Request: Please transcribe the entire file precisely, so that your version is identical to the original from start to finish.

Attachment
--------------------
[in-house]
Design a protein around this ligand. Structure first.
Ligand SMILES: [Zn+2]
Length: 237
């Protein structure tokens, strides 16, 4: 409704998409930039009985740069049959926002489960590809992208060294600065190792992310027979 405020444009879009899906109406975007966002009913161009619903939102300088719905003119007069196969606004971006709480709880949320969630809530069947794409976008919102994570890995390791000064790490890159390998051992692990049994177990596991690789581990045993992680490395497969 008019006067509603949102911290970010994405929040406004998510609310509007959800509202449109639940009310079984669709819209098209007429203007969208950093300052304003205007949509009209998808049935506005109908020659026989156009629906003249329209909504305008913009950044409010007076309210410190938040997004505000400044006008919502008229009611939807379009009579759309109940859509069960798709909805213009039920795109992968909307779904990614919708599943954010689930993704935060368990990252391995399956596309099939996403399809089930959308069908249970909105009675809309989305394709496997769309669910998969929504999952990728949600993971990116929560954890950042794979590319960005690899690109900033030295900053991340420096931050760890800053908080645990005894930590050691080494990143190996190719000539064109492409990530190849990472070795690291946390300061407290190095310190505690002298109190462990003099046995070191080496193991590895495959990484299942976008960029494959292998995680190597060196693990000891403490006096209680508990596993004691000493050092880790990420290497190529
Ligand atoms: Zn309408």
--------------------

[in-house]
Design a protein around this ligand. Structure first.
Ligand SMILES: [Zn+2]
Length: 237
């Protein structure tokens, strides 16, 4: 409704998409930039009985740069049959926002489960590809992208060294600065190792992310027979 405020444009879009899906109406975007966002009913161009619903939102300088719905003119007069196969606004971006709480709880949320969630809530069947794409976008919102994570890995390791000064790490890159390998051992692990049994177990596991690789581990045993992680490395497969 008019006067509603949102911290970010994405929040406004998510609310509007959800509202449109639940009310079984669709819209098209007429203007969208950093300052304003205007949509009209998808049935506005109908020659026989156009629906003249329209909504305008913009950044409010007076309210410190938040997004505000400044006008919502008229009611939807379009009579759309109940859509069960798709909805213009039920795109992968909307779904990614919708599943954010689930993704935060368990990252391995399956596309099939996403399809089930959308069908249970909105009675809309989305394709496997769309669910998969929504999952990728949600993971990116929560954890950042794979590319960005690899690109900033030295900053991340420096931050760890800053908080645990005894930590050691080494990143190996190719000539064109492409990530190849990472070795690291946390300061407290190095310190505690002298109190462990003099046995070191080496193991590895495959990484299942976008960029494959292998995680190597060196693990000891403490006096209680508990596993004691000493050092880790990420290497190529
Ligand atoms: Zn309408």